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Inside Higher Ed: States Underfunded Historically Black Land Grants by $13 Billion Over 3 Decades
From Inside Higher Ed …
After years of efforts by advocates to draw attention to the historic underfunding of historically Black land-grant colleges and universities, the federal government issued its own call to action this week, urging the governors of 16 states to address the inequities.
Education Secretary Miguel Cardona and Agriculture Secretary Tom Vilsack sent joint letters to each state’s governor, highlighting just how much the Black land grants in their state are owed.
Over all, 16 of the country’s 19 historically Black land-grant universities have been underfunded by their states by a total of $13 billion, according to the federal analysis of per-student state spending data from 1987 to 2020. Only two states, Ohio and Delaware, were found to have equitably funded their HBCU land grants. The other states’ institutions had funding gaps between $172 million to $2.14 billion compared with their predominantly white counterparts.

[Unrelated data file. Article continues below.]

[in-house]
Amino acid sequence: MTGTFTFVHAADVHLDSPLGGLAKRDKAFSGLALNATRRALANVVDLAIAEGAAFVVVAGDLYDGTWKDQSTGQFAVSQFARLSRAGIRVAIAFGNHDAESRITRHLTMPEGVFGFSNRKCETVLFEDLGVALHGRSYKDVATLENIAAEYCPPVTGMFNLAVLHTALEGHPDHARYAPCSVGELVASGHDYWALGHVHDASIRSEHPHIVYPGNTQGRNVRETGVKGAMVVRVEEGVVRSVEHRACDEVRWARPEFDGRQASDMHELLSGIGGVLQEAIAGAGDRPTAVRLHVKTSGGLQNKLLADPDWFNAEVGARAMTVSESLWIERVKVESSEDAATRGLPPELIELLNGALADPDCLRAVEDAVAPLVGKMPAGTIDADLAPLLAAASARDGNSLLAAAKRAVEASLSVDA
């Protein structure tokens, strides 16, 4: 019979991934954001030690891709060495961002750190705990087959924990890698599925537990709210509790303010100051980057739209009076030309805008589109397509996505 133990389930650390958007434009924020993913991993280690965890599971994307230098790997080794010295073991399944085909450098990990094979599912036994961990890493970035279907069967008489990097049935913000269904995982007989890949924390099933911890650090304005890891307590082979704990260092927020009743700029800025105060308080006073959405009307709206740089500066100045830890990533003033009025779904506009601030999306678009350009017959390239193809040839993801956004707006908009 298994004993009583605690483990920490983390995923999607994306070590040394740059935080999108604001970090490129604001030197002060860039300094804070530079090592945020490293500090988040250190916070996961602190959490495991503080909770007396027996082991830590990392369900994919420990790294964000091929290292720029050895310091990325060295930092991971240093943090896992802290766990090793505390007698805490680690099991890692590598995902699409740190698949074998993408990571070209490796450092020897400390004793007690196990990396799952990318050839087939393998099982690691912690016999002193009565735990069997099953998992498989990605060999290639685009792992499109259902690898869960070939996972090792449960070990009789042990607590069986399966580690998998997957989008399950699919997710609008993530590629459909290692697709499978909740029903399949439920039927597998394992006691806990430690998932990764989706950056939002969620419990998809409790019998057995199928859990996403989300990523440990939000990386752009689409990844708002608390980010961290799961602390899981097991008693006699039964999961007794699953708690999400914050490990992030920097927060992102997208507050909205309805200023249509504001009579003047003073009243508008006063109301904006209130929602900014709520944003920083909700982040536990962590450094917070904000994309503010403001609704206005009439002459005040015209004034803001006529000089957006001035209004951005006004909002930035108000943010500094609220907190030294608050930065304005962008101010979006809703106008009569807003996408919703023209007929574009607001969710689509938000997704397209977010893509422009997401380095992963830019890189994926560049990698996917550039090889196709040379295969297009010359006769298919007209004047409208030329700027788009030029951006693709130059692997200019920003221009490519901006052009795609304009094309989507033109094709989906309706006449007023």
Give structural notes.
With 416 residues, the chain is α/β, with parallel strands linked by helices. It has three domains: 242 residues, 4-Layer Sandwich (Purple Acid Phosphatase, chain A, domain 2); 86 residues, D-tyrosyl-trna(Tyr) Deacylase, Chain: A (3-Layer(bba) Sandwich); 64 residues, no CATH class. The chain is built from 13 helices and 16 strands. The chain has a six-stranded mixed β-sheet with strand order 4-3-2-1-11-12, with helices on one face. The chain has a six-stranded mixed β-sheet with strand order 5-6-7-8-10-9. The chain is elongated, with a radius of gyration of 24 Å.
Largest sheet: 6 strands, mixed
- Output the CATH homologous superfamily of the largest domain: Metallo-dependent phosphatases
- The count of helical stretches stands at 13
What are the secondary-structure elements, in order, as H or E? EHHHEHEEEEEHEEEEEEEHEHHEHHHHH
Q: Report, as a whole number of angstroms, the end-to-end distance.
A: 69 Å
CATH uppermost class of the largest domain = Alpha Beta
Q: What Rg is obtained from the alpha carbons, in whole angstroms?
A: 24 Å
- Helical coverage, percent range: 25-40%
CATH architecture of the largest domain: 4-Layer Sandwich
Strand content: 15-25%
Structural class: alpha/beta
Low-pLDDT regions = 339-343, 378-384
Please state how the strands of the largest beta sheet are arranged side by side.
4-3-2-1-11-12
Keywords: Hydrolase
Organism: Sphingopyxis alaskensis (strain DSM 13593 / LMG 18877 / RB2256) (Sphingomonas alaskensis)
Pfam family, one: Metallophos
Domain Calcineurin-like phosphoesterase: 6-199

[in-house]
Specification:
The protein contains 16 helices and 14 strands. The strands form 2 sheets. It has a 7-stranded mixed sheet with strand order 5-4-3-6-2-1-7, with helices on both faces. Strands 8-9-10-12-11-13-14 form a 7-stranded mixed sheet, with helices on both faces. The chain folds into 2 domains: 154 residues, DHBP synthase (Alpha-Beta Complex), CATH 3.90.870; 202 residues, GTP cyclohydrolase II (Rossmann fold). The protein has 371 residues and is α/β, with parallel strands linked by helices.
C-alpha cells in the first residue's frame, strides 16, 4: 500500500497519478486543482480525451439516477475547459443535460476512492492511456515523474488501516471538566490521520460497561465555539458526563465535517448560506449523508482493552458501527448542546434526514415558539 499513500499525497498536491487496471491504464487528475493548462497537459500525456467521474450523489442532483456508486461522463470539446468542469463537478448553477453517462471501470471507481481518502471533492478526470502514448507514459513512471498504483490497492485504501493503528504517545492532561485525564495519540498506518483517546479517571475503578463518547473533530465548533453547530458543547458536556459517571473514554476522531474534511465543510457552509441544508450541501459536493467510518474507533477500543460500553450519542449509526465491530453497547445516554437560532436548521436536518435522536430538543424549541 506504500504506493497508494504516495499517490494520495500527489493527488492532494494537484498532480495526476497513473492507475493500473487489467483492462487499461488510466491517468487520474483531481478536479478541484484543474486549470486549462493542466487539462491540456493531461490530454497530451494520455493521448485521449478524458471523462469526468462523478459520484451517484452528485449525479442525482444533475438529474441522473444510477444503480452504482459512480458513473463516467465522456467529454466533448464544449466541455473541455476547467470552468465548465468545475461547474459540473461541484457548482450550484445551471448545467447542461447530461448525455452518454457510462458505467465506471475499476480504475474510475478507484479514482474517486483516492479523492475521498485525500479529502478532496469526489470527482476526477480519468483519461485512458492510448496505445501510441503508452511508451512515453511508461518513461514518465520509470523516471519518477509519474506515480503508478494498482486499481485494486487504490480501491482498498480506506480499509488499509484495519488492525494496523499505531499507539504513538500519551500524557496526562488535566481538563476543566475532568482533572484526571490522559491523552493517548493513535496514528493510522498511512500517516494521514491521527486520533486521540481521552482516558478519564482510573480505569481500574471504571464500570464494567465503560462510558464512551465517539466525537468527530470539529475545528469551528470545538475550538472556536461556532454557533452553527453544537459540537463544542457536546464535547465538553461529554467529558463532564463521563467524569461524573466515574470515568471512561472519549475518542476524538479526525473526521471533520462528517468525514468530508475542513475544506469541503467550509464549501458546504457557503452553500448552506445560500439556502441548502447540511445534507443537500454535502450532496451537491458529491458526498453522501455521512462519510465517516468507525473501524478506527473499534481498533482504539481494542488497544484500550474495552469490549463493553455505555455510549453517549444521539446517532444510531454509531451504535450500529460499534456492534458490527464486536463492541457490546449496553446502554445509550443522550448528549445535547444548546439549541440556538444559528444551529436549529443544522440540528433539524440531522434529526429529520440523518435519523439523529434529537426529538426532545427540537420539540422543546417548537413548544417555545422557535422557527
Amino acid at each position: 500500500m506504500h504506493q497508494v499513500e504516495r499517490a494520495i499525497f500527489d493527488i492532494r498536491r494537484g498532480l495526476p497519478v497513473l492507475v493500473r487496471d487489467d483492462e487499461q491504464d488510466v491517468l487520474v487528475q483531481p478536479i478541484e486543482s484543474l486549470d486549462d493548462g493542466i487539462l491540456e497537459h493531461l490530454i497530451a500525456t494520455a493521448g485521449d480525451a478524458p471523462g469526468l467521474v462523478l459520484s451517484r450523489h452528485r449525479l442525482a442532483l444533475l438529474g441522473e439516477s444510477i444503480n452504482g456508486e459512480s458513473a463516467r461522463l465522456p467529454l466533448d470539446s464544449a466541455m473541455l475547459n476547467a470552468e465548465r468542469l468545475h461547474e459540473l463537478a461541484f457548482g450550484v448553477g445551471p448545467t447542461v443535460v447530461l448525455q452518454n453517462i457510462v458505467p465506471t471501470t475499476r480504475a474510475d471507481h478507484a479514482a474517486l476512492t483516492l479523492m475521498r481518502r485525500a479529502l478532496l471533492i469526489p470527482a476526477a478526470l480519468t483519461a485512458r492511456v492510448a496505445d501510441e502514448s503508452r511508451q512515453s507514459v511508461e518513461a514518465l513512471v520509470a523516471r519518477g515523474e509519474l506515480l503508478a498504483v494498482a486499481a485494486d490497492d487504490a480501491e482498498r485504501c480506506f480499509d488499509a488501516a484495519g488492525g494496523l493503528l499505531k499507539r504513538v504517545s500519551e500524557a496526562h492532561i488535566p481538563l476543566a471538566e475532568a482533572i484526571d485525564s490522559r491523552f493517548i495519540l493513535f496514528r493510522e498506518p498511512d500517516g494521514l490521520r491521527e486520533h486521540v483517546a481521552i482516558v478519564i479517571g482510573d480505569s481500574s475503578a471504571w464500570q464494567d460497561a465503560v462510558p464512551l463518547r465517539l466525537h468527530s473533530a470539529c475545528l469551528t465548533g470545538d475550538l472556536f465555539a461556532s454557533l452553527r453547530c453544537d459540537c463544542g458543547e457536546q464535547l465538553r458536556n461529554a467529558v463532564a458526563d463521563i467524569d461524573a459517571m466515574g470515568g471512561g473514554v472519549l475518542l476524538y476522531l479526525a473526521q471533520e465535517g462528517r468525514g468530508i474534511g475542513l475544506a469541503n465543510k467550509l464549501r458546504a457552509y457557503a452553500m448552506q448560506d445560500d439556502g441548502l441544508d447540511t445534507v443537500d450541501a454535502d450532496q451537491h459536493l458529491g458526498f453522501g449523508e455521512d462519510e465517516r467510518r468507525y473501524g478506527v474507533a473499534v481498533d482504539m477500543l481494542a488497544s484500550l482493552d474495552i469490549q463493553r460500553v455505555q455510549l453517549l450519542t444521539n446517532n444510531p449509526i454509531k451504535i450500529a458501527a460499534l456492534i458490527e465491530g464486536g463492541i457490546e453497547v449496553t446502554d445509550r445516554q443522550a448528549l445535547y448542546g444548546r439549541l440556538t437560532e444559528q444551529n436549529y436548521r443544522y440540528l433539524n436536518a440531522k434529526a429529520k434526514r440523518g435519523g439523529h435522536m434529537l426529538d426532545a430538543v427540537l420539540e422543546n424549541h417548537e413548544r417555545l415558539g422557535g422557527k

Experts and advocates say the Biden administration’s analysis, and its appeals to governors, are welcome steps that elevate a long-standing issue for historically Black land-grant universities, which, under federal law, are supposed to receive equitable funding compared to their predominantly white land-grant peers. Although the letters don’t have much in the way of teeth beyond naming and shaming, advocates are hopeful that this step signals that the federal government will be focusing on the issue and pursuing solutions. The Education Department did not respond to a request for comment about its next steps.
Mortimer Neufville, president of the 1890 Universities Foundation, a nonprofit focused on supporting its namesake institutions, said in a statement to Inside Higher Ed that the data confirm “beyond question the historic underfunding of state matching funds” for some of the Black land grants.
He added that he hoped the data and direct appeal to governors will push them to act and equitably fund the 1890 institutions. “I also stress the need to treat the one-to-one match as a floor, not a ceiling for ongoing funding, as many PWI [predominantly white] land grants receive higher than the one-to-one match funding,” he said.